The Secret To My 65-Year Marriage Is Trust, Respect, And Threatening To Kill Myself If She Leaves

Mitch Getchell

It often amazes people when they hear how long my wife and I have been happily wed. These days, with so many young people getting divorced, it just doesn’t seem possible to them. When friends ask how we’ve managed to stay together, I always tell them the same thing: The secret to our 65-year marriage has been trust, respect, and my persistent, very serious threats to kill myself if she ever leaves me.

In a strong union, there’s nothing more important than being able to look your spouse in the eye, hold a razor to your wrist, and promise them that if they ever walk out that door, you’re going to end it all.


Many newlyweds have misconceptions about marriage. They expect it to be full of nothing but passion, failing to realize what true commitment means. In a marriage, you have to stick together through the good times and the bad, making sure your husband or wife understands that you will always be there for them, and that it will be all their fault if they one day find you lying on the floor in a pool of blood, dead from a self-inflicted gunshot wound. Sure, romance is important, but when you marry, it’s also important to sit down and have a serious adult conversation about how, if they start packing a suitcase, you will grab the .45 you keep in your nightstand and blow your fucking brains all over the bedroom wall.

Communication is something you really have to work at—even after 65 years. That’s why every day, at least once, I look my wife in the eyes and say, “I love you.” Then, while continuing to hold her gaze, I say, “And if you so much as think about leaving, it will send me over the goddamn edge and I will swallow a bottle full of pills.” I make sure she knows exactly when I would do it, how I would do it, and why the blood would be entirely on her hands. It may seem silly, but it’s important to say these things out loud.

After all, my wife can’t read my mind!

Marriage isn’t always easy, but trust me, if you follow my advice, you will be rewarded with a deep, lasting relationship. There may be times when you aren’t in the mood to wave around a box of matches while threatening to douse yourself in gasoline and set yourself on fire, but remember that such gestures can mean an awful lot to your partner. Even after you’ve been together for decades, you still need to make an effort to tell your husband or wife that if they start divorce proceedings, you’re going to leap off the rail platform and throw yourself in front of the commuter train, right then and there.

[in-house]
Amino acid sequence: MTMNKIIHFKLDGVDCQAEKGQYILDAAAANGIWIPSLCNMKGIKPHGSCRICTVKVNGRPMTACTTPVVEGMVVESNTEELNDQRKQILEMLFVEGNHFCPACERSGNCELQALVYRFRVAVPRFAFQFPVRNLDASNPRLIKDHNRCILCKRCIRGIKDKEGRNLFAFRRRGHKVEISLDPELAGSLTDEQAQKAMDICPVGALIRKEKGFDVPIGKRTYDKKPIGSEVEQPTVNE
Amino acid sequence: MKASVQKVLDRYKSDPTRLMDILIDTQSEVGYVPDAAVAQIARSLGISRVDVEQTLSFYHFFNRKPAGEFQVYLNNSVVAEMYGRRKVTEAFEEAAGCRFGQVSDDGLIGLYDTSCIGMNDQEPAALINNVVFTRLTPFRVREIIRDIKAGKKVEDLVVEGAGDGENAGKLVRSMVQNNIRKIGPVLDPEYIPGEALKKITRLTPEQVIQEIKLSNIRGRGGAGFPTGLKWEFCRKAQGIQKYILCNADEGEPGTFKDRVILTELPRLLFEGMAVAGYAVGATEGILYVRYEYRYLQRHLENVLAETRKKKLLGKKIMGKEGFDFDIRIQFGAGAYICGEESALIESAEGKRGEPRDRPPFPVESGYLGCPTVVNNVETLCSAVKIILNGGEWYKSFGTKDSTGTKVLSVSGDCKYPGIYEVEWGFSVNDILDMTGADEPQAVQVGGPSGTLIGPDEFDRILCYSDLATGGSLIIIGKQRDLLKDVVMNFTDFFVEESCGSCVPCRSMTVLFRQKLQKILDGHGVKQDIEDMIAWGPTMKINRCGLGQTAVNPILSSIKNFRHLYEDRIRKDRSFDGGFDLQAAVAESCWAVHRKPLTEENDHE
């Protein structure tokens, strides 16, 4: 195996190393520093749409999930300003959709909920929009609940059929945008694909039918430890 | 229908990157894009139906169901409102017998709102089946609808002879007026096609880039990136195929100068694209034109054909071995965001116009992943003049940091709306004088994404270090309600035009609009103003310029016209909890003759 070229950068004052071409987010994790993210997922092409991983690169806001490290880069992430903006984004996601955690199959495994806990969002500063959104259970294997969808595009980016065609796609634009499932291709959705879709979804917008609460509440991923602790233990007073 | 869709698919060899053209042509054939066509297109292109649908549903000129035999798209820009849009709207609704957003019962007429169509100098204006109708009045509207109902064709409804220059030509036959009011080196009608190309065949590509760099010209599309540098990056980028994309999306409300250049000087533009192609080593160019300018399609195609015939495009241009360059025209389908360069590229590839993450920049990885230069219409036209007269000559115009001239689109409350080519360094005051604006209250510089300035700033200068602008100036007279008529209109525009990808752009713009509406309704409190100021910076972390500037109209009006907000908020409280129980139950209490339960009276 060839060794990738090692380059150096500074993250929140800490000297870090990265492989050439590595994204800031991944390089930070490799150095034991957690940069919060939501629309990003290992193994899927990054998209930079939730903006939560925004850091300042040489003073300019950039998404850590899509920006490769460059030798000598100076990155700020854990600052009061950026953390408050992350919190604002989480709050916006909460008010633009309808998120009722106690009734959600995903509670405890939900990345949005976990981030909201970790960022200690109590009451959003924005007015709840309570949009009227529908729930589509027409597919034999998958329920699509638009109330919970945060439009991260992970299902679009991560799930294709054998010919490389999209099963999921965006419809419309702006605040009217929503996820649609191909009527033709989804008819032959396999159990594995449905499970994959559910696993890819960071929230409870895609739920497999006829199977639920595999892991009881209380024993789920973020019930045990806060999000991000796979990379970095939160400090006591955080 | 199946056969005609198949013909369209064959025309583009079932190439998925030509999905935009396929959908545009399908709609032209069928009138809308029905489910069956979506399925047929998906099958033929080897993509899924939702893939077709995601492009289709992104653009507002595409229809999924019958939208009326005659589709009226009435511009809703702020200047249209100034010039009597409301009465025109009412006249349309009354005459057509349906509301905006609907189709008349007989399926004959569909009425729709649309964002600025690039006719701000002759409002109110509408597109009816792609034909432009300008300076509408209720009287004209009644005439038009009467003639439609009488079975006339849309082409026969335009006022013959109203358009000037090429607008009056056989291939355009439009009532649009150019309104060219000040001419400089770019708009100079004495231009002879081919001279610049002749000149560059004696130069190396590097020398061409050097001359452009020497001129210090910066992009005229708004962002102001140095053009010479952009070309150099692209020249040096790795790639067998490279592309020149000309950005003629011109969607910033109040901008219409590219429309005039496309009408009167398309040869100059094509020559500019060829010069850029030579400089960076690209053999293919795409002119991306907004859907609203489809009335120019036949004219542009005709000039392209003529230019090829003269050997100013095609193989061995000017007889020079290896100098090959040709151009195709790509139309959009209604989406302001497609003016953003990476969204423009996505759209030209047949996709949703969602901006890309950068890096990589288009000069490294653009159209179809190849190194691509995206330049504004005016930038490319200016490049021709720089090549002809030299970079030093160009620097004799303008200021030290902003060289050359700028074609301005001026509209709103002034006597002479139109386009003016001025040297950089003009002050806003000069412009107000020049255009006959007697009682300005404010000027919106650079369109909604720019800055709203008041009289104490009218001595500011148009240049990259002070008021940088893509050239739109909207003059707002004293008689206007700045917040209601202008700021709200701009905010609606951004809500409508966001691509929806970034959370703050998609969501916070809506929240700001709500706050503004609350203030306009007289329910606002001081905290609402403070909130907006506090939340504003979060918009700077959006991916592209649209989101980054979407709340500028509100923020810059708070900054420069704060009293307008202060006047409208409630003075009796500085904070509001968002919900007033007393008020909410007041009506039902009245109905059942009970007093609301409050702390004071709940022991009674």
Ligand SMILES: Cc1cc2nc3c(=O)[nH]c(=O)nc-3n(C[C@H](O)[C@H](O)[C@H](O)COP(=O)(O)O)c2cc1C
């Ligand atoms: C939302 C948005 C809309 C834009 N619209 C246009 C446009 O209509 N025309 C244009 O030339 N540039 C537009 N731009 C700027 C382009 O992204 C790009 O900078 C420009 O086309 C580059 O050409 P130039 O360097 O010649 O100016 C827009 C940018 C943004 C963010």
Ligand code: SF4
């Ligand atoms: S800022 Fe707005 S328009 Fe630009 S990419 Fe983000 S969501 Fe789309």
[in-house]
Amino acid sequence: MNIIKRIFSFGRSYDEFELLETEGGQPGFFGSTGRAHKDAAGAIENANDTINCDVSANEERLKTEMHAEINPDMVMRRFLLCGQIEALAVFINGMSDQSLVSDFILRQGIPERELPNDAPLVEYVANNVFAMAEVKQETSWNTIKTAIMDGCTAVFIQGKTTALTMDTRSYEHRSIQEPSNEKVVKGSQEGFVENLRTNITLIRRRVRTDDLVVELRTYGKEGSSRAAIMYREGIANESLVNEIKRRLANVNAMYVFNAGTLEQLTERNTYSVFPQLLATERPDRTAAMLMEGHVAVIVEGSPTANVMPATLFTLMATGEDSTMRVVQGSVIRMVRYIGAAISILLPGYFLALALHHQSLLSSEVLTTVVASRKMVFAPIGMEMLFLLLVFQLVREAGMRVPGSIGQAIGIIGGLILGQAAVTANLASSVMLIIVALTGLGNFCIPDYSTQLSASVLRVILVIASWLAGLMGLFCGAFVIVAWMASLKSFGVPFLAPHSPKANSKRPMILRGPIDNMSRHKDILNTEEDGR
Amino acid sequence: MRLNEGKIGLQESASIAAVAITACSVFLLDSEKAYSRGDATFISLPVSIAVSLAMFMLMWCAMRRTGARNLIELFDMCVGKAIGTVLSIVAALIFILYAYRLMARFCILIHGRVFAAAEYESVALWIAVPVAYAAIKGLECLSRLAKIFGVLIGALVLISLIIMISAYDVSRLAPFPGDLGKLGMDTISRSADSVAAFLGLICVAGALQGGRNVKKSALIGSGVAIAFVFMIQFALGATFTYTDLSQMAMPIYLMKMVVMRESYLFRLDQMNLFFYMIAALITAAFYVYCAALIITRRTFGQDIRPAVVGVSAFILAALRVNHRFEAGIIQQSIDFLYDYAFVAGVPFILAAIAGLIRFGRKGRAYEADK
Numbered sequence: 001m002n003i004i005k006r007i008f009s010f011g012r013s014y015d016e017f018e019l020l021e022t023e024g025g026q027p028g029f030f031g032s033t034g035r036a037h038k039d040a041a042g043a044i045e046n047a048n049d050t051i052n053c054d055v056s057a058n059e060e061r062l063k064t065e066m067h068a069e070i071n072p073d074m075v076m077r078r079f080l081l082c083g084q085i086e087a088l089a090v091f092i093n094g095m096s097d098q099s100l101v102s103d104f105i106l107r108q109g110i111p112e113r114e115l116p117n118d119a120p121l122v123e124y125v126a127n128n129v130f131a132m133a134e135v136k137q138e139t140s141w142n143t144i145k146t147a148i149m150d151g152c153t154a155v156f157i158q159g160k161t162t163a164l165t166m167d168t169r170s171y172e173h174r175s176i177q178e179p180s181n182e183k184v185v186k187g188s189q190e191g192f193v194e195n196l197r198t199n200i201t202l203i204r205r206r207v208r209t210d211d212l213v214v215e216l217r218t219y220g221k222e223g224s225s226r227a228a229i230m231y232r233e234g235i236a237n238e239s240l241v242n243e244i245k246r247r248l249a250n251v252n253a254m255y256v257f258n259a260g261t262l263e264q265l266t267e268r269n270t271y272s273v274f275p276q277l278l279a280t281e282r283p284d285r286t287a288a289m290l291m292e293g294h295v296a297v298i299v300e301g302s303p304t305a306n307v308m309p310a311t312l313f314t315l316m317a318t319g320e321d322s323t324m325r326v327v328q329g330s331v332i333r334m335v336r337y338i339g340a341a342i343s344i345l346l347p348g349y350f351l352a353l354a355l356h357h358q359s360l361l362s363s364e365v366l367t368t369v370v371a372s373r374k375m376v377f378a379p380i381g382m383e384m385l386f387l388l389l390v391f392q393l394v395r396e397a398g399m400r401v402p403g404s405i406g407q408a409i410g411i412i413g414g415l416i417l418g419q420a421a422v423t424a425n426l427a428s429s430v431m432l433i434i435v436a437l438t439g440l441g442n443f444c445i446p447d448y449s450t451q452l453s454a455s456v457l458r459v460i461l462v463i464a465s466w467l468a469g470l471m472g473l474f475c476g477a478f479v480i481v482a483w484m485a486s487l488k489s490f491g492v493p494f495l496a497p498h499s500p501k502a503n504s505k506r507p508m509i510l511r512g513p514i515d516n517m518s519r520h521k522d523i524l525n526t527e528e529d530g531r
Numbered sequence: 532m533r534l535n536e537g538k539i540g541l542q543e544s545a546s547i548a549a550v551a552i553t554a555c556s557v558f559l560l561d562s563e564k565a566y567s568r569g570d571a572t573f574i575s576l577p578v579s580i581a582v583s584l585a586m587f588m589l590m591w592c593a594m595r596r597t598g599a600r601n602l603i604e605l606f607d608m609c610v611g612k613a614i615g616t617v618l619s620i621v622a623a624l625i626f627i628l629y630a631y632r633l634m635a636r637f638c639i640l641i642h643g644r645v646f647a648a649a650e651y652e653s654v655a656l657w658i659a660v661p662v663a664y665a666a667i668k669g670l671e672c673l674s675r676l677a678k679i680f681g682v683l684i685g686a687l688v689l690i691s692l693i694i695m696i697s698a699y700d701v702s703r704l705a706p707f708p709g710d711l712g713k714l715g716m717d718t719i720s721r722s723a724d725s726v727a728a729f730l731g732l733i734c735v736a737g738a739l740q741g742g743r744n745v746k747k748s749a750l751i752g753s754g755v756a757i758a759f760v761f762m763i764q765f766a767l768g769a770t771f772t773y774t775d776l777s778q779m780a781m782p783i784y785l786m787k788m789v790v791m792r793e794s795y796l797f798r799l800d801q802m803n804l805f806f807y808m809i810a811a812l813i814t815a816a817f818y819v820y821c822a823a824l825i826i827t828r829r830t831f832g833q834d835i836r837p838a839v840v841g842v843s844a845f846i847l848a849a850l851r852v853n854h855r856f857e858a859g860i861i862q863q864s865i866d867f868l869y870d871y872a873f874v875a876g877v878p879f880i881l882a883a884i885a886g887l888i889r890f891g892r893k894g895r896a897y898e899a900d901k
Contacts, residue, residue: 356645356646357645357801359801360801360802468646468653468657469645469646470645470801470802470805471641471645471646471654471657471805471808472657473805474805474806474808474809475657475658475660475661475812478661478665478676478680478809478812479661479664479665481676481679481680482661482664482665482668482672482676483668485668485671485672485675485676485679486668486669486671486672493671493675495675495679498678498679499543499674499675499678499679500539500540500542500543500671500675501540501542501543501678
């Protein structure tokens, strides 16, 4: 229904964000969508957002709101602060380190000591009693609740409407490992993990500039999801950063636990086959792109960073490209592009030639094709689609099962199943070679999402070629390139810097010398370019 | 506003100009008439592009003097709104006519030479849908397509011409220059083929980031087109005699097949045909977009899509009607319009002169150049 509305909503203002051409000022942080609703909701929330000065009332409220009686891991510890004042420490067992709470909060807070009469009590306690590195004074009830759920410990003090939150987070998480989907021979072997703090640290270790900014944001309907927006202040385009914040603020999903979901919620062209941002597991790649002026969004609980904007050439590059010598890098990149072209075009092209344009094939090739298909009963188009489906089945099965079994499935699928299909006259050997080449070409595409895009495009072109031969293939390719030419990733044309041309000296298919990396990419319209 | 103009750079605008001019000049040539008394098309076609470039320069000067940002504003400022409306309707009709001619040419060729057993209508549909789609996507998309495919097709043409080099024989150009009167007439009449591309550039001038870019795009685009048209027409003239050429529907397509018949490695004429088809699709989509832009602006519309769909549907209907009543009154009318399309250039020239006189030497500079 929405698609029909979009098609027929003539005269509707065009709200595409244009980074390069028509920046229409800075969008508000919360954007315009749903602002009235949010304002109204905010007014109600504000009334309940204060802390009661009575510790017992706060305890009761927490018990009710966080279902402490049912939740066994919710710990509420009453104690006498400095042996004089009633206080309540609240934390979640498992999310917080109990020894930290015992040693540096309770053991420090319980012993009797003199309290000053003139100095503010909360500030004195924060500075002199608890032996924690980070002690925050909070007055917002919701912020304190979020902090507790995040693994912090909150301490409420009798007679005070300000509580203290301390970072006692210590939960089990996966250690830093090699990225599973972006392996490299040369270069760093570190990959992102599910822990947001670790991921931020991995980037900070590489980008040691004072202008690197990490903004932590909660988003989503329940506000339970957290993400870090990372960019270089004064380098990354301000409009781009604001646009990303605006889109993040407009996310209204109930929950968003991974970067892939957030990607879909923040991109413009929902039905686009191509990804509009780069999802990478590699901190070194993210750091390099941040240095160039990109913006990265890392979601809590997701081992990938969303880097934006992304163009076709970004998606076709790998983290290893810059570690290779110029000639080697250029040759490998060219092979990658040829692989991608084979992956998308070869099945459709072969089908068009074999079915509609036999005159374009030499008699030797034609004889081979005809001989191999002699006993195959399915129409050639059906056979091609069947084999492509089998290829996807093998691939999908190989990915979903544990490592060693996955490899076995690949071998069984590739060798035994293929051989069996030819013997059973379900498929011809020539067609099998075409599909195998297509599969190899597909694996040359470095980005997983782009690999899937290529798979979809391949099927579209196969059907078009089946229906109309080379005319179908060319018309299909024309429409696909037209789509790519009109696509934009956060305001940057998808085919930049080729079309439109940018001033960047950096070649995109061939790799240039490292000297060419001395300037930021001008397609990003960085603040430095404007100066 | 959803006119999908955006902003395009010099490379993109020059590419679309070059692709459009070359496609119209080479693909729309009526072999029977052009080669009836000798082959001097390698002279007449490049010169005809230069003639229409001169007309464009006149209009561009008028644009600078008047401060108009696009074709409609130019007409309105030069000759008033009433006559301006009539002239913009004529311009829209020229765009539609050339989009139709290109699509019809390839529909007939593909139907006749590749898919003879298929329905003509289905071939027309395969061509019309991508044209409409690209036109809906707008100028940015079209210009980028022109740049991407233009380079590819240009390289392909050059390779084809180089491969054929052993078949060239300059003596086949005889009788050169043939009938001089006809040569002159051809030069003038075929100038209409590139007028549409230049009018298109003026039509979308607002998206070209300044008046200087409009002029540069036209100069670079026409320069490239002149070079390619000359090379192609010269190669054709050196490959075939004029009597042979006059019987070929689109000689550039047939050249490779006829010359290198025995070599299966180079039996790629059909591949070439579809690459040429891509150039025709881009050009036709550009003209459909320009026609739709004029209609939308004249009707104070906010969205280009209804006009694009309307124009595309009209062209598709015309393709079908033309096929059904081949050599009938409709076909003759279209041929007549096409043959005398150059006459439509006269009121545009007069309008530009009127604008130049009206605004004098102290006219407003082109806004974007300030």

Never forget that the little things are often what make the biggest difference in a relationship, whether it’s mentioning from time to time that you know exactly where in the garage you’d hang the noose, or leaving a little handwritten note reminding your spouse they will have no one to blame but themselves when their son doesn’t have a father anymore.

And be sure to give your partner a little space when they need it. Often, the best thing you can do is send them a text that just says, “Goodbye,” and then completely ignore them for days.


In the end, you build mutual trust in a relationship not simply by telling your partner you’ll always be by their side threatening to chug a bottle of bleach. You have to show them you mean it. You have to pull the biggest knife out of the kitchen drawer, hold it to your throat, and scream, “Is this what you want? Is this what you want, you fucking bitch?” I’ve been with my wife since 1953, and no matter how busy I got with work or the kids, I always took time to make sure she understood that she might wake up the next morning to find me bleeding out in the tub.

In fact, just the other day, when we were driving home from the store, I pulled the car into the oncoming lane, let go of the wheel, and shouted, “If you leave, I’ll kill us both! I swear to God I’ll fucking kill us both!” You can bet it reminded her why she’s still with me after all these years.


Share This Story